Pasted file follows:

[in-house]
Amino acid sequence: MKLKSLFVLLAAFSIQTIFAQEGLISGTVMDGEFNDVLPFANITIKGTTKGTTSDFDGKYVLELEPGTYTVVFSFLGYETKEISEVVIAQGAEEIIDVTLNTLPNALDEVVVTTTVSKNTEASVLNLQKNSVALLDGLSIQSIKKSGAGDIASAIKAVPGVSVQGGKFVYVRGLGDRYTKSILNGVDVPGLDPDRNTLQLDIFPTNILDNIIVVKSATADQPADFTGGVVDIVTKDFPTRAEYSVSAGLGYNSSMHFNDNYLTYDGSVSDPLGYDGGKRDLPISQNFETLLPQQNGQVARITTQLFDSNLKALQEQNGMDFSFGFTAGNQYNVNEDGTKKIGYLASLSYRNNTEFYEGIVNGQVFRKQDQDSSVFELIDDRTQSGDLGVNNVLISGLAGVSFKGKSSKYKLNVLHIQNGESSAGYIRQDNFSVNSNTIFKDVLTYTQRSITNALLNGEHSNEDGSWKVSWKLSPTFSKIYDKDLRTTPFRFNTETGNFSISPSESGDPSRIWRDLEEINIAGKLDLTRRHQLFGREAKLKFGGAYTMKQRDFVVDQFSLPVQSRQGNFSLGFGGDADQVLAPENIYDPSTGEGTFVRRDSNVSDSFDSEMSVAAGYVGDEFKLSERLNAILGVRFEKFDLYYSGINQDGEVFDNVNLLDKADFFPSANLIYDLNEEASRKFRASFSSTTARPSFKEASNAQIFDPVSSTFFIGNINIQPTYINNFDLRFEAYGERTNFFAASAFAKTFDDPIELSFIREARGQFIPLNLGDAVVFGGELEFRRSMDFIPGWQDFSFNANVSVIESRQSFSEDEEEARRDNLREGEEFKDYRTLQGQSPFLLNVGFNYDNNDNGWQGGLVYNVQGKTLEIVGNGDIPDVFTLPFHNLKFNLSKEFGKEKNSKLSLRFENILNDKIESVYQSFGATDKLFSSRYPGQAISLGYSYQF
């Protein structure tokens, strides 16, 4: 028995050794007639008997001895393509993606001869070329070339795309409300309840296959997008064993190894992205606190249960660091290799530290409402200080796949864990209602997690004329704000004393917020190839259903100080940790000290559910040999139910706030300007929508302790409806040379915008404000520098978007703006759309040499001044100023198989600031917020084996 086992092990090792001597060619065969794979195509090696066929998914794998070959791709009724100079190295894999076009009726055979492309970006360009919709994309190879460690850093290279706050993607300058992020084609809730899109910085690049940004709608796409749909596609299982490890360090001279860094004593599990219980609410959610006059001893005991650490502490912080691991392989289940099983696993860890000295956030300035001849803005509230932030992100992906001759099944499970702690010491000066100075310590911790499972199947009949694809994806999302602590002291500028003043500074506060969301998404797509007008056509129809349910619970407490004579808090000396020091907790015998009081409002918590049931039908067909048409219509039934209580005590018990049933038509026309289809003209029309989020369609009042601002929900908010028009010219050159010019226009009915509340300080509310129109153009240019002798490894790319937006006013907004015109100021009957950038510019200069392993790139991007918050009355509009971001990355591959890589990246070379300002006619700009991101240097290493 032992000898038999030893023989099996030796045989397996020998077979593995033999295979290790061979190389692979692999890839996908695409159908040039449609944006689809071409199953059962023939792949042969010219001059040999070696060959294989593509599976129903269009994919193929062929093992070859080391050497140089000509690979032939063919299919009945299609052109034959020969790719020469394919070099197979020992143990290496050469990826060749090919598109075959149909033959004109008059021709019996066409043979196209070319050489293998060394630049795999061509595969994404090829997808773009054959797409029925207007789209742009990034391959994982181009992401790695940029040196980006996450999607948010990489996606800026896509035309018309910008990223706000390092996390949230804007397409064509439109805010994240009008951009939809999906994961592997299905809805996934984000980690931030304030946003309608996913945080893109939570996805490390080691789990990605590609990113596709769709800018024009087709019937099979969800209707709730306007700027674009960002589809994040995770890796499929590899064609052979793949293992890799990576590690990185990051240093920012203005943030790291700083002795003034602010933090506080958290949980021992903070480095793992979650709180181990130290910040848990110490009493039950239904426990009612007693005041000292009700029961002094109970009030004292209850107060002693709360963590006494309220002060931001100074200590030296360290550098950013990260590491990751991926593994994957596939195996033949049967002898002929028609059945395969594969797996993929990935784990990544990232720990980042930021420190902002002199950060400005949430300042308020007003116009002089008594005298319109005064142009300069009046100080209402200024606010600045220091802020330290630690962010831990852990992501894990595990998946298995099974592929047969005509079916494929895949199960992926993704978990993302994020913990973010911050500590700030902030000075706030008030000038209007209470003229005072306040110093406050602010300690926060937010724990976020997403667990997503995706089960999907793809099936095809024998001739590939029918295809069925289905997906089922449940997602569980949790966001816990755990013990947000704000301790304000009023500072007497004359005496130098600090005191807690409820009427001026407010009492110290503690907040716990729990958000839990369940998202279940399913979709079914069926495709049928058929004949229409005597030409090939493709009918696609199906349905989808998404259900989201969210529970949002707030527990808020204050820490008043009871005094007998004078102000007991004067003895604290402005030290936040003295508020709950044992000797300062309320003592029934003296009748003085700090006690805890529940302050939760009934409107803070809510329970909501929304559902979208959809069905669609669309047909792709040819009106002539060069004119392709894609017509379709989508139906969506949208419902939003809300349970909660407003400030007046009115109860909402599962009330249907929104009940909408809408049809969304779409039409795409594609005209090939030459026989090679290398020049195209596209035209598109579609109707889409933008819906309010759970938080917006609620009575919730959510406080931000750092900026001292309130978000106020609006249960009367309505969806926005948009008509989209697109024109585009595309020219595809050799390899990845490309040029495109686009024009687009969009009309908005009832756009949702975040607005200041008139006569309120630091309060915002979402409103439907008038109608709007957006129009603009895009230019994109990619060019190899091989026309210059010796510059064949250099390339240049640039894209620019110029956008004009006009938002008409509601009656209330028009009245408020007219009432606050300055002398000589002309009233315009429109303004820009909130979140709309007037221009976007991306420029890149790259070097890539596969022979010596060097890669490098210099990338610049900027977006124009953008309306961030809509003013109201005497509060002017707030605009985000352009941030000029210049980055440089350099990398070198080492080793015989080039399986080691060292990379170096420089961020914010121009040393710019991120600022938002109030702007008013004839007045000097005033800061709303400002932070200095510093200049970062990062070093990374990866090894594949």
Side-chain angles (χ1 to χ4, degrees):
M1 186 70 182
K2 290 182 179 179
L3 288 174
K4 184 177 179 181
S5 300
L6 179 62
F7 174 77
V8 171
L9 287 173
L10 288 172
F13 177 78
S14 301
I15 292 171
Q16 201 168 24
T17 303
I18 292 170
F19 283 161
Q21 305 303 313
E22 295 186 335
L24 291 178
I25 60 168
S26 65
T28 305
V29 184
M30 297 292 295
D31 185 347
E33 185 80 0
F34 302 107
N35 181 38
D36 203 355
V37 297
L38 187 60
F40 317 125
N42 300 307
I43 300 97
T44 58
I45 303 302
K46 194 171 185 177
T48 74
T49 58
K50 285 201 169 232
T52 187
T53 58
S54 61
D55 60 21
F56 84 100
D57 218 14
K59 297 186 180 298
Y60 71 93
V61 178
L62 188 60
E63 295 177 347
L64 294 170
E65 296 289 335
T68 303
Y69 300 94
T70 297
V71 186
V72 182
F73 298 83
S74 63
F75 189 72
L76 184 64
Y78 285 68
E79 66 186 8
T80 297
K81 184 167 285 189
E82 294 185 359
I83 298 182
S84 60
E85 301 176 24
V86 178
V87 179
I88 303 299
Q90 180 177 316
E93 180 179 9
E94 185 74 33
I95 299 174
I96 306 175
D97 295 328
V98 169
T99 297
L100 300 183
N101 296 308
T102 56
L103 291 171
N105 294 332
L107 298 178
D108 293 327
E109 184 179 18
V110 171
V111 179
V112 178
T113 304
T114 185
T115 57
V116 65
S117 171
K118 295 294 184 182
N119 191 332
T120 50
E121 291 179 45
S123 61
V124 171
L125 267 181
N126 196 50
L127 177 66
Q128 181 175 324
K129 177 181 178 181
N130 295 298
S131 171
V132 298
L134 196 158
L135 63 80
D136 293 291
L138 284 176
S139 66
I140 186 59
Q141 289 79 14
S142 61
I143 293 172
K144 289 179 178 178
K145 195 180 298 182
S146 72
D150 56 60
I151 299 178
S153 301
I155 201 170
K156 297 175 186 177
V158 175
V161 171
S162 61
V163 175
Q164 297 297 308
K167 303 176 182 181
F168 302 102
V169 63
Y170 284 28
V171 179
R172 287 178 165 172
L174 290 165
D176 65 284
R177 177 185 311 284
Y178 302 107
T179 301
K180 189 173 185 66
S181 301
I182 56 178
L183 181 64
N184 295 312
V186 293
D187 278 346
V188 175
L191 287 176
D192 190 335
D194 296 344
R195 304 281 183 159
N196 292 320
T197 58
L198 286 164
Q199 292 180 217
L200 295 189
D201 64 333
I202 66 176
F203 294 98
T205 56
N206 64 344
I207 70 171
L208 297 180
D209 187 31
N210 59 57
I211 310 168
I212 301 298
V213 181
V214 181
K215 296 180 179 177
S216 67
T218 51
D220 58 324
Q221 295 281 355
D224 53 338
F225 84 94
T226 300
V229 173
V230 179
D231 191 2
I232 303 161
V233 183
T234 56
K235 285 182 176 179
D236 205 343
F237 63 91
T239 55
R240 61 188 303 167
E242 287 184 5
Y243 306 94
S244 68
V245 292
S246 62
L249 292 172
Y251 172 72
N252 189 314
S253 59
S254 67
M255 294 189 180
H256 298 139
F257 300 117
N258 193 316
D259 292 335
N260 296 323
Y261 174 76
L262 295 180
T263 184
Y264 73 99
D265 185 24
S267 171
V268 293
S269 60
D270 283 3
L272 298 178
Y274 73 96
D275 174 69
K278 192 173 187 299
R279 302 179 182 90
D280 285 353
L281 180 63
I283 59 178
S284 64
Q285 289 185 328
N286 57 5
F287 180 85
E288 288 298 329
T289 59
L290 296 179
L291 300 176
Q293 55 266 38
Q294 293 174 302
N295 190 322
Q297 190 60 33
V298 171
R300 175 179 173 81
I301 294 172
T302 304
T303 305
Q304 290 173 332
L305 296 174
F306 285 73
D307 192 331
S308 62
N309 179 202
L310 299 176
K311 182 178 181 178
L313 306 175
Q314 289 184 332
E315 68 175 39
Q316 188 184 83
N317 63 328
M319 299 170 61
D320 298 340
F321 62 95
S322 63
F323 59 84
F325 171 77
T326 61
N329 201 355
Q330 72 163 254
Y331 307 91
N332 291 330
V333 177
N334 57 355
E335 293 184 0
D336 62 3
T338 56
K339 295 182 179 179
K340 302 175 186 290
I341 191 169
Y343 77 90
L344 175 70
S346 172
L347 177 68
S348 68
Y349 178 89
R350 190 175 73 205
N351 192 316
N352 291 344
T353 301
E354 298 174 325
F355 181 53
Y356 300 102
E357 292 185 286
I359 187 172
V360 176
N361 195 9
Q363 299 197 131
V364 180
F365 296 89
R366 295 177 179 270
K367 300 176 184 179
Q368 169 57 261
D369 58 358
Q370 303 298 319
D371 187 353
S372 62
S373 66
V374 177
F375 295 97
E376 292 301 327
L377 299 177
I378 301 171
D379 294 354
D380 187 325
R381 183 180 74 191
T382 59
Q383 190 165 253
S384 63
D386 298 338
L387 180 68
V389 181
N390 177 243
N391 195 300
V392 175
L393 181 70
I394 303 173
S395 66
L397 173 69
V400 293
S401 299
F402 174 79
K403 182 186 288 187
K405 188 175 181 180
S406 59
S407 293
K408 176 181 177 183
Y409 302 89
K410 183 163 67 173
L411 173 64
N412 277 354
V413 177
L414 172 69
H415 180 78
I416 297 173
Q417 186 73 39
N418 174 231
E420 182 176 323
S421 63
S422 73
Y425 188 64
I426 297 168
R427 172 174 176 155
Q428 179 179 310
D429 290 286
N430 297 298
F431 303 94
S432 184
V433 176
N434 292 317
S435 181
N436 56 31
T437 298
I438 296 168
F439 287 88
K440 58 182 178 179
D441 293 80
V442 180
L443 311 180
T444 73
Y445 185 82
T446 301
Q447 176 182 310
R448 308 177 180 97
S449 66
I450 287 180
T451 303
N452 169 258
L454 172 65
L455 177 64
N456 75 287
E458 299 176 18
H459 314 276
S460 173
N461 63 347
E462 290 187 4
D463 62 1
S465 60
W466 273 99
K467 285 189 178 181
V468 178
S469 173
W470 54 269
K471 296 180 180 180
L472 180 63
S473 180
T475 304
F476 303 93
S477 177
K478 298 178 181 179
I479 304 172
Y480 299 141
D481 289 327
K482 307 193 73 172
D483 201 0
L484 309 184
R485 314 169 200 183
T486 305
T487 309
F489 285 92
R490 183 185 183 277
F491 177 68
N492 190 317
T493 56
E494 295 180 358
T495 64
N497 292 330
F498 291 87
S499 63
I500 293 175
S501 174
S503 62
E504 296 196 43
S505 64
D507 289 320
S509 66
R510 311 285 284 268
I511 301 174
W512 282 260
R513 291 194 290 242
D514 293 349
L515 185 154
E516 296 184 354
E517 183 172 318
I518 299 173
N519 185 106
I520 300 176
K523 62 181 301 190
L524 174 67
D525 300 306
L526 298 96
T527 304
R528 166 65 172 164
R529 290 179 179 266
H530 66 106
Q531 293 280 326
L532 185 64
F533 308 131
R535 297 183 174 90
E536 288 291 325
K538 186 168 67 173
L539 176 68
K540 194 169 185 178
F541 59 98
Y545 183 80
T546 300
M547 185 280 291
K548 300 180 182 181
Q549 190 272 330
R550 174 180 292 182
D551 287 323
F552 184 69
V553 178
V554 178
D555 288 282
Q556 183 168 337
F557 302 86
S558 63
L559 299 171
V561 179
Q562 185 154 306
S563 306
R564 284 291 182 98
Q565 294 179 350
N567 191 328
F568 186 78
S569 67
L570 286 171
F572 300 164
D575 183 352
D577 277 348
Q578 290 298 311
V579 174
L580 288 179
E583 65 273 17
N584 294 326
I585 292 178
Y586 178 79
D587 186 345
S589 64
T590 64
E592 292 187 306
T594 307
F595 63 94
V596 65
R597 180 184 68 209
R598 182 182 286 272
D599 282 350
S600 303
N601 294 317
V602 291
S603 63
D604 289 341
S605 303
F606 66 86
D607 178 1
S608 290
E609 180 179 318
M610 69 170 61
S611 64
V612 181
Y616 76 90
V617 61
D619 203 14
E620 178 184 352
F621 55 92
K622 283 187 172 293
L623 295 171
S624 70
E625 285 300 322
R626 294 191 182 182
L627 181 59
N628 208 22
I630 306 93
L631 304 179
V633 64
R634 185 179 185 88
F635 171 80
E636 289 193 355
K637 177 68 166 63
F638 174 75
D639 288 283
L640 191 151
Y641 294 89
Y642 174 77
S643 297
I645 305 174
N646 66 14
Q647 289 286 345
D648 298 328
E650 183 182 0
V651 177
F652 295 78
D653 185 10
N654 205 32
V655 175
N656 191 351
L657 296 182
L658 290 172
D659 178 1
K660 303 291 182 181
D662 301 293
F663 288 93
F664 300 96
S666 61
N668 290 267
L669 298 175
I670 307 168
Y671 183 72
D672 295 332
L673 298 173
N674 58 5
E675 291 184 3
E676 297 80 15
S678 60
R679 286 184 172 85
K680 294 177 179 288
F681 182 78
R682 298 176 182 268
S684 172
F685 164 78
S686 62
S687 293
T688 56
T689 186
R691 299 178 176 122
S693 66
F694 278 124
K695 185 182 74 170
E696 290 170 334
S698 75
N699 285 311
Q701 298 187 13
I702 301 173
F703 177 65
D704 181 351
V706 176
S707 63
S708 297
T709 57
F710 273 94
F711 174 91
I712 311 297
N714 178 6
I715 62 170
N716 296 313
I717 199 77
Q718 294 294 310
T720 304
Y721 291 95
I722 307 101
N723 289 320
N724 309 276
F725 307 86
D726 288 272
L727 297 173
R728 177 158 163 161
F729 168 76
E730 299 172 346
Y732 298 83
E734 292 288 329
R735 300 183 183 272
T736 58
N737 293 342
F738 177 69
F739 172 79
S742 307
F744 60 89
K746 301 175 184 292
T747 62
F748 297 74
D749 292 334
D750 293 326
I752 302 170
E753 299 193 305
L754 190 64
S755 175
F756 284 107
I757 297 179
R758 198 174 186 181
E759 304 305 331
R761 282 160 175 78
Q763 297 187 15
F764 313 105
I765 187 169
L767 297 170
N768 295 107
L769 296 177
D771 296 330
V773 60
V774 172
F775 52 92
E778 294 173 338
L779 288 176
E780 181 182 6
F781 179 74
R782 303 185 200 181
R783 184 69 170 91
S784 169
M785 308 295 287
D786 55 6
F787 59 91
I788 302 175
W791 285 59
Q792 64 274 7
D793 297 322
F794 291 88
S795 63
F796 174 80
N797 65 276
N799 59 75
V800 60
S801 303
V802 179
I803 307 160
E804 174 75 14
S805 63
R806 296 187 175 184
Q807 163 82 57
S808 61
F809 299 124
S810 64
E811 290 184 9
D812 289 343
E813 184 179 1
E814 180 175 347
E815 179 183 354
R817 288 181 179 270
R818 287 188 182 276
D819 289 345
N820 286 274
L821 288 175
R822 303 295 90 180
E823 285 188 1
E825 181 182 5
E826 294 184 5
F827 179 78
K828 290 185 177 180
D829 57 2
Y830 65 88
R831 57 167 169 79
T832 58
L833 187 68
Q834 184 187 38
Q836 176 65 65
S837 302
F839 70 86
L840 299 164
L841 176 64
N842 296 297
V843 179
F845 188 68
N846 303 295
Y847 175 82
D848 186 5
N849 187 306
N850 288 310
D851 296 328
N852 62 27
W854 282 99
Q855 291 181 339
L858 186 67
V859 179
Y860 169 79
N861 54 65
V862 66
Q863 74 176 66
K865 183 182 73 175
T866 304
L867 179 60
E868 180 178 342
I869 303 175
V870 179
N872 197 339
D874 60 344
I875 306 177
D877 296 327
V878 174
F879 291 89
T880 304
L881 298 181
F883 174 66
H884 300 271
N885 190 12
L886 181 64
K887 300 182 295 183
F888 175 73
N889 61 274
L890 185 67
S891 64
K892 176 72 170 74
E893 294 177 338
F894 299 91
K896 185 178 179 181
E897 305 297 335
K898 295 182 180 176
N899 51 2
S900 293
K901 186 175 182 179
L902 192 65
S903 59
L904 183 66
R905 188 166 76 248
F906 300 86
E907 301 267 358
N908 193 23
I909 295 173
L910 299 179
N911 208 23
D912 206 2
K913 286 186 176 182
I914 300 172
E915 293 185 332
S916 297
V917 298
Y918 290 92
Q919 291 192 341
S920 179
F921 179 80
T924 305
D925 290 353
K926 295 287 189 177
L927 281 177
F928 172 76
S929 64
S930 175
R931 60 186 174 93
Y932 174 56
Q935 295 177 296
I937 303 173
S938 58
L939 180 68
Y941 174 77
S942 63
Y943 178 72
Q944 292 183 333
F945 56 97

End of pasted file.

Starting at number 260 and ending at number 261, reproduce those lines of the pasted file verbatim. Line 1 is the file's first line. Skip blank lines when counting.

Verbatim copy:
Q316 188 184 83
N317 63 328